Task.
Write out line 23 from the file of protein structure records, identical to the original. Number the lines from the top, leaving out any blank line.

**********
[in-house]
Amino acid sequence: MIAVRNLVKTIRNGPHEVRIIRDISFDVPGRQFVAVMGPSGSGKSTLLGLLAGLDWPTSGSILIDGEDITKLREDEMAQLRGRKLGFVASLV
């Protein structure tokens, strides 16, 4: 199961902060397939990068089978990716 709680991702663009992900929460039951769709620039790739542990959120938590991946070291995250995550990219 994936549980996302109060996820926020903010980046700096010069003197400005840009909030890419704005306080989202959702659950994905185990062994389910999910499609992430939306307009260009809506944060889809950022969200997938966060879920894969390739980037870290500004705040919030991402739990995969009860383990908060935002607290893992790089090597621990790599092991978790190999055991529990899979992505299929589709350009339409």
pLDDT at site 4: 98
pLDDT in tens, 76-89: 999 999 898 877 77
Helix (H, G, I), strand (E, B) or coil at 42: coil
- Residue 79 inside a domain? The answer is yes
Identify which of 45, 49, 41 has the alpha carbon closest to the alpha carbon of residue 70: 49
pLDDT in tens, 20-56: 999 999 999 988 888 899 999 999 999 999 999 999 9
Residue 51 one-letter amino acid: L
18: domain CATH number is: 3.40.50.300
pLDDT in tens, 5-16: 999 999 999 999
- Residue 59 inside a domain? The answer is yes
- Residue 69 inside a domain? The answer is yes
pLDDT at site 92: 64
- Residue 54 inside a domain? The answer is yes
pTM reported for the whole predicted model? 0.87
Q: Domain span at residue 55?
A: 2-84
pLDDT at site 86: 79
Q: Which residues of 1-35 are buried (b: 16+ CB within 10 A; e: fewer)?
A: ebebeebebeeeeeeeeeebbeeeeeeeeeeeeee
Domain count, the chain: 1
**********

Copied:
Domain count, the chain: 1